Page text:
The Wild has not said that Jason Pominville has a concussion, but he did miss nine games with one in October 2010. Dustin Brown of the Kings was suspended for two games for the hit.
One day after the jubilation of a big Wild victory in front of an electric crowd that verified how much it’s craving the Wild’s first postseason in five years, all attention turned to the health of Jason Pominville.
The last we saw of Pominville on Tuesday night, the former Buffalo Sabres captain barely could make it to the bench after Los Angeles Kings captain Dustin Brown flailed his left elbow into Pominville’s face.
There will be a further update Thursday, but officially, General Manager Chuck Fletcher would only say Wednesday that Pominville is day-to-day because of an upper-body injury.
Pominville was rattled by the flagrant shot from Brown in the second period that somehow went unseen by four officials yet resulted in his being suspended from the Kings’ final two regular-season games. Pominville struggled to his feet, then was wobbly as he tried to skate off.
The Wild has not said Pominville has a concussion, but he did miss nine games with one in October 2010 after being hit from behind by Chicago’s Niklas Hjalmarsson.
If Pominville misses games, it would be a severe blow to a team that is close to clinching a playoff berth for the first time since winning the Northwest Division in 2008.
The Wild, which has two more games, can clinch with a victory over the Edmonton Oilers on Friday. If the Columbus Blue Jackets lose in regulation to Dallas on Thursday, the Wild would clinch even before playing Friday.
Pominville has made a significant impact since arriving in a trade deadline deal April 3 — coincidentally 10 hours before Dany Heatley was lost for the season because of a shoulder injury. Pominville, who lately has helped elevate a line with Pierre-Marc Bouchard and Kyle Brodziak, has scored four goals and five points in 10 games, including four two-point games. Those multi-point games came in three victories and a shootout loss to Columbus that Pominville himself scored with 3 minutes, 15 seconds left to force overtime.
Fletcher said it was too soon to say if the Wild would need to recall a forward from its American Hockey League affiliate in Houston. It had to reassign Stephane Veilleux, who was up on an emergency recall, on Tuesday once Zenon Konopka was able to play on his broken foot. Mike Rupp, who has missed four games because of a knee injury, is getting closer to a return, too.
Brown’s suspension included Wednesday’s game at Detroit to end his streak of 314 consecutive games played and resulted in $34,324.32 in lost salary.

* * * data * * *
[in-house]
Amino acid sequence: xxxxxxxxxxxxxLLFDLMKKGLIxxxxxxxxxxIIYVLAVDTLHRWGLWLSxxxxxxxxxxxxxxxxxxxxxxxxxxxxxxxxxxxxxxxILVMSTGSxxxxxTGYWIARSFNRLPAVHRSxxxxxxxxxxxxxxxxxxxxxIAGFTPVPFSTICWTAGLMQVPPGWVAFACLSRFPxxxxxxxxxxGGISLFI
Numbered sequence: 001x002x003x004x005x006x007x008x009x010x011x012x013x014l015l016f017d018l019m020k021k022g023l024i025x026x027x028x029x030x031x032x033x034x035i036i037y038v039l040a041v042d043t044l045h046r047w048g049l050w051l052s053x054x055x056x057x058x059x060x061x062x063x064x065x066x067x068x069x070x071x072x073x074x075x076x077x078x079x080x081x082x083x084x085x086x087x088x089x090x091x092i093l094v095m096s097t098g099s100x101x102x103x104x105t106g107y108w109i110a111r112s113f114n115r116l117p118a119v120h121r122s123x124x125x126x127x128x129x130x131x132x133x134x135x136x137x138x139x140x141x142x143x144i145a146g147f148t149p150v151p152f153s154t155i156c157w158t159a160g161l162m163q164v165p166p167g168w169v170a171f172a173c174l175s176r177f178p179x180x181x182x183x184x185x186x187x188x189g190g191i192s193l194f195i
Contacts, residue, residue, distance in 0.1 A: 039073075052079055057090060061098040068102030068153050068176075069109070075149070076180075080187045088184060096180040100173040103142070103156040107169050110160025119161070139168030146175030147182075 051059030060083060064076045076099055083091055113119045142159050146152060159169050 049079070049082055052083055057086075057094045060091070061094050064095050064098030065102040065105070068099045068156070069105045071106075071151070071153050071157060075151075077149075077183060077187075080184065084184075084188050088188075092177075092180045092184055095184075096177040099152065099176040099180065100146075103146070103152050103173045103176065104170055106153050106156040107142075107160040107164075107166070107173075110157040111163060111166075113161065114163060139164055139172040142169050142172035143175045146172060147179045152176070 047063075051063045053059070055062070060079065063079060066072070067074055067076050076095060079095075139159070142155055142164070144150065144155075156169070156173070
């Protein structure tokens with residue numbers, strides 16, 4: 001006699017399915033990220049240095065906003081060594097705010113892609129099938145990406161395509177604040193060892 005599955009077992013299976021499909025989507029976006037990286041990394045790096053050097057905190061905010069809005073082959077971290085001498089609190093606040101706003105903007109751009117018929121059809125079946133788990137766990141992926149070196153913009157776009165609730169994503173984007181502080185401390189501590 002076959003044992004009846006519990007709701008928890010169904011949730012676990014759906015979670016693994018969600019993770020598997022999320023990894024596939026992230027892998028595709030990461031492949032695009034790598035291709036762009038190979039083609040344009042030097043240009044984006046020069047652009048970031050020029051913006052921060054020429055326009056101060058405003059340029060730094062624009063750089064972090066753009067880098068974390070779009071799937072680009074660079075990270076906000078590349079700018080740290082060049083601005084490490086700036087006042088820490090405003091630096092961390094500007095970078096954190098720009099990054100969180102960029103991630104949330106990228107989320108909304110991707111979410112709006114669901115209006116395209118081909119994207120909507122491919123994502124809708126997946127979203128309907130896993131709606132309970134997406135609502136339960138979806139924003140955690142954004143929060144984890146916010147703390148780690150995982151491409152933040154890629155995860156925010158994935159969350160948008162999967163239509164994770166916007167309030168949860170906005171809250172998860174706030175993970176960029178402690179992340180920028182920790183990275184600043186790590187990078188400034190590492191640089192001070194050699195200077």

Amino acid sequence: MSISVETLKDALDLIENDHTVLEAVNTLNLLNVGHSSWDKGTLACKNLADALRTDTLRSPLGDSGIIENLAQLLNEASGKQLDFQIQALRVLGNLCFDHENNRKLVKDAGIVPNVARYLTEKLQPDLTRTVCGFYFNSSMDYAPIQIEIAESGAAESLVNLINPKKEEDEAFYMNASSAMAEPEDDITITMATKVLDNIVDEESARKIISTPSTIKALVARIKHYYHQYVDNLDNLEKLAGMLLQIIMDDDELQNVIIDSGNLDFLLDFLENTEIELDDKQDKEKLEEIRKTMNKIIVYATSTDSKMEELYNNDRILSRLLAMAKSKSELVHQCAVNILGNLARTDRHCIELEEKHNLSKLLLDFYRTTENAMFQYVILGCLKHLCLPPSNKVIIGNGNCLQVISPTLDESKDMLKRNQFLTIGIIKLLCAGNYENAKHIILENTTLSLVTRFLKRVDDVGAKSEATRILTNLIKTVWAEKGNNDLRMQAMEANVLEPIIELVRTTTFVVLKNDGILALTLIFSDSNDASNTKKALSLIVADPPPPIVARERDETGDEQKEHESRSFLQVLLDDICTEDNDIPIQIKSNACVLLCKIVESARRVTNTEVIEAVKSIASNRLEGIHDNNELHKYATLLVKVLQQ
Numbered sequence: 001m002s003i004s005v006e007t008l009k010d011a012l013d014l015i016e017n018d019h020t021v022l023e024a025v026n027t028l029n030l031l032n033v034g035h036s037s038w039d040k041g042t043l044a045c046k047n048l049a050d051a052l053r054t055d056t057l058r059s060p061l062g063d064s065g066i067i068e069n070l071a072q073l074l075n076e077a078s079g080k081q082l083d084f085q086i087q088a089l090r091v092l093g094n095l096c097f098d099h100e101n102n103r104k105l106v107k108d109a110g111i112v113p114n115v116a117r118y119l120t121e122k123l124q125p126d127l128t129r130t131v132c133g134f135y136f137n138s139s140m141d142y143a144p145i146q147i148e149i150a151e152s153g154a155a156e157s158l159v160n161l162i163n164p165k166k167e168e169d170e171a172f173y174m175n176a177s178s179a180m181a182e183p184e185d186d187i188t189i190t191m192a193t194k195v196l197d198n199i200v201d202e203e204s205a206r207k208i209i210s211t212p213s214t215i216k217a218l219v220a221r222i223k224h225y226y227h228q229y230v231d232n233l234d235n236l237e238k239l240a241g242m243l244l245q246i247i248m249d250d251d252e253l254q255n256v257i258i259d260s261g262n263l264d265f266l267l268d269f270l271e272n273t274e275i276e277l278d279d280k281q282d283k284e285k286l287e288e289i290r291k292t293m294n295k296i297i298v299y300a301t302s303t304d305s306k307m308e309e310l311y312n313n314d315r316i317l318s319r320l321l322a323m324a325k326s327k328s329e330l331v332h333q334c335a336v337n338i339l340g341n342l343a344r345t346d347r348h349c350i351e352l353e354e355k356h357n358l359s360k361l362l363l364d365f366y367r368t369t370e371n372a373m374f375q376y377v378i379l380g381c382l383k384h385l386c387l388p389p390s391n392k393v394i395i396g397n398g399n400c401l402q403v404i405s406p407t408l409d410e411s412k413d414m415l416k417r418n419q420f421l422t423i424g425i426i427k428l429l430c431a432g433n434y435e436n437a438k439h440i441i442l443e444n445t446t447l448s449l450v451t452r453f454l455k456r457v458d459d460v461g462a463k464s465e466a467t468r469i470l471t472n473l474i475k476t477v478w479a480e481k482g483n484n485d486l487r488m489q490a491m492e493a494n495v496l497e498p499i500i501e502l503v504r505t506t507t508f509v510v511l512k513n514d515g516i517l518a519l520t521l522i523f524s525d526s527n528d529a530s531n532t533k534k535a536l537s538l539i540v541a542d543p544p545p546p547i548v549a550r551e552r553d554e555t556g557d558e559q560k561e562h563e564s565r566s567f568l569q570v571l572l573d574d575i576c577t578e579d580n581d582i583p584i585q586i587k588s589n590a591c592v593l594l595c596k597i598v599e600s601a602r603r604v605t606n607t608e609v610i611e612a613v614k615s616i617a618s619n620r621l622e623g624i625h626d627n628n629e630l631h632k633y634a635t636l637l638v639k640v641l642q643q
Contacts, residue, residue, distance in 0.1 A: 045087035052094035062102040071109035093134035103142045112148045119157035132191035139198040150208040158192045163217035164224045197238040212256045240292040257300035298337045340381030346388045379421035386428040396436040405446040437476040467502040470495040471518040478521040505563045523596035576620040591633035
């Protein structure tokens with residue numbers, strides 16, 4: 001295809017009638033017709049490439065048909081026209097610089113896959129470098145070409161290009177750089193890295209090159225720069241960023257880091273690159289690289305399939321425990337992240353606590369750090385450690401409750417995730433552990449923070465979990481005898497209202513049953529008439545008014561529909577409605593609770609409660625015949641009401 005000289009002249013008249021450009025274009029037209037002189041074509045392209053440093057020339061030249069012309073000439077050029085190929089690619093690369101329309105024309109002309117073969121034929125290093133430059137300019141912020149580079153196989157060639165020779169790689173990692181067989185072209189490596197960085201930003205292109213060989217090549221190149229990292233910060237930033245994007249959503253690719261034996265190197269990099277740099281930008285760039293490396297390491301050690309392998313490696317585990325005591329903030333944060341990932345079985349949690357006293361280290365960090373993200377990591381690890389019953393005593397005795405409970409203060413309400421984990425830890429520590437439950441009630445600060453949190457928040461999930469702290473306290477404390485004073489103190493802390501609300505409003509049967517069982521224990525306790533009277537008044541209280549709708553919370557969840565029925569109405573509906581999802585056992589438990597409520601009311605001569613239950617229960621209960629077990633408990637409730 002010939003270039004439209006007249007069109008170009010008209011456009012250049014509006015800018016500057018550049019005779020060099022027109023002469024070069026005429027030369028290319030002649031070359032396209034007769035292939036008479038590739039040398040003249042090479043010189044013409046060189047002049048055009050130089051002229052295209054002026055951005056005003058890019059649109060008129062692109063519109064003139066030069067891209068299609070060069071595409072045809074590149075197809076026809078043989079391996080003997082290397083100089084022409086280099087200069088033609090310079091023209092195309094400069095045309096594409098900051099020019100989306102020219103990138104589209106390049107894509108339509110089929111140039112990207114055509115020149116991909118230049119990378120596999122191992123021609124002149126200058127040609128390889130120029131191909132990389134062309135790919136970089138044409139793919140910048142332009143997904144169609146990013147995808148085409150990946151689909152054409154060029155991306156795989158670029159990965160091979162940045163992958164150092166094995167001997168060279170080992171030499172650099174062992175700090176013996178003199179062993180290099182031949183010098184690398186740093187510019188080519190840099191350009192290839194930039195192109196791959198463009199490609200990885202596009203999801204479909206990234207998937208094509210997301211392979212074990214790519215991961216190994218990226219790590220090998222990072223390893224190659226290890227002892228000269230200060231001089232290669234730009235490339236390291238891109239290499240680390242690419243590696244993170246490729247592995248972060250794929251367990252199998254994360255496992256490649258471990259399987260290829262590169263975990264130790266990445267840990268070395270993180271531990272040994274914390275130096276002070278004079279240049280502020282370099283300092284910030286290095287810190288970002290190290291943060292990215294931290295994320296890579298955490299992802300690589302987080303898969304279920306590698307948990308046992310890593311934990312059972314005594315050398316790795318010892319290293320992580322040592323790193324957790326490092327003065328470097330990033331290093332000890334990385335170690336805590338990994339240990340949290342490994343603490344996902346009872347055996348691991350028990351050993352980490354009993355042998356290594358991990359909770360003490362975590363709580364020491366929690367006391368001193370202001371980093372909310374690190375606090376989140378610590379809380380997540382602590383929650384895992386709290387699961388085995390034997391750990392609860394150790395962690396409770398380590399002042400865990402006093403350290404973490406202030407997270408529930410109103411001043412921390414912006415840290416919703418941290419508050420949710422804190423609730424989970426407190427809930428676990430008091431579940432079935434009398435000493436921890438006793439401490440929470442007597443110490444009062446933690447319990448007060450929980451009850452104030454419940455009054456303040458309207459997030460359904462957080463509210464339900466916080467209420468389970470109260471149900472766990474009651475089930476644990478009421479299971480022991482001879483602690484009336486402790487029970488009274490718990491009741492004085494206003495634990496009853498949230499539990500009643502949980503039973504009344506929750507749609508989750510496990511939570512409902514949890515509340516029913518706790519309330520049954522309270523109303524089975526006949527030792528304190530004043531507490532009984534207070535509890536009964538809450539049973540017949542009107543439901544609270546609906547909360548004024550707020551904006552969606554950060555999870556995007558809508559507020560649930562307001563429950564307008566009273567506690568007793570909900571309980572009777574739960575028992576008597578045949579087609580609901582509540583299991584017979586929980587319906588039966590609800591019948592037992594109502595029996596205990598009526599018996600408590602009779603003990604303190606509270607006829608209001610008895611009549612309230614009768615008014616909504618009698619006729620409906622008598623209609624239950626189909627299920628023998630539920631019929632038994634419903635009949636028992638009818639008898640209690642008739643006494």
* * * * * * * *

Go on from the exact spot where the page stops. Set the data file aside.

Some criticized the Wild for its lack of retaliation toward Brown the rest of the game. Reached Wednesday, coach Mike Yeo said, “Need to win, simple as that. We take a penalty and they score and Brown has hurt a lot more than Poms. If that happens, no one would have been more upset than Poms. He wants our team in the playoffs.”
After Tuesday’s 2-1 victory, Yeo praised the Wild’s leadership, especially captain Mikko Koivu, Zach Parise and Ryan Suter. Not only were they vocal in the locker room, they took it onto the ice.
In Sunday’s 4-1 loss to Calgary, a game in which the Wild struggled to score in despite great chances the first two periods, the three registered 21 shots. Tuesday, Koivu had five shots, won 11 faceoffs and was “unbelievable all over the ice,” Yeo said. Parise’s work ethic was, as usual, impressive and he sent a brilliant pass to Charlie Coyle through a defender’s legs for the first goal. And Suter, he played 32-plus minutes for his fifth 30-minute game in the past nine.
“This time of year you see your leaders playing like that … everybody was going right along with him,” Yeo said.
One often overshadowed leader because he doesn’t wear a letter on his chest and resides in the blue paint is Niklas Backstrom. Tied for second in the NHL with 23 victories and having started 25 of the past 26 games because of Josh Harding’s complications with multiple sclerosis, Backstrom says he has done his best to try to be there for his teammates nightly.
Asked if he’s tired, Backstrom laughed, saying, “It’s hard to say yourself. You just try to be ready. It’s also a mental thing. You don’t want to say that you’re tired because then you start to feel tired.”
Backstrom has seen his game go up and down lately, which has mirrored the team. But he feels Monday’s meeting in which players refocused on the golden opportunity to make the playoffs really catapulted the Wild into a solid effort against the Kings.
“We had been cheating a little bit, so we just got back to basics and played the right way,” Backstrom said. “But now we move on and get ready for [Edmonton] and have to do the same thing.”
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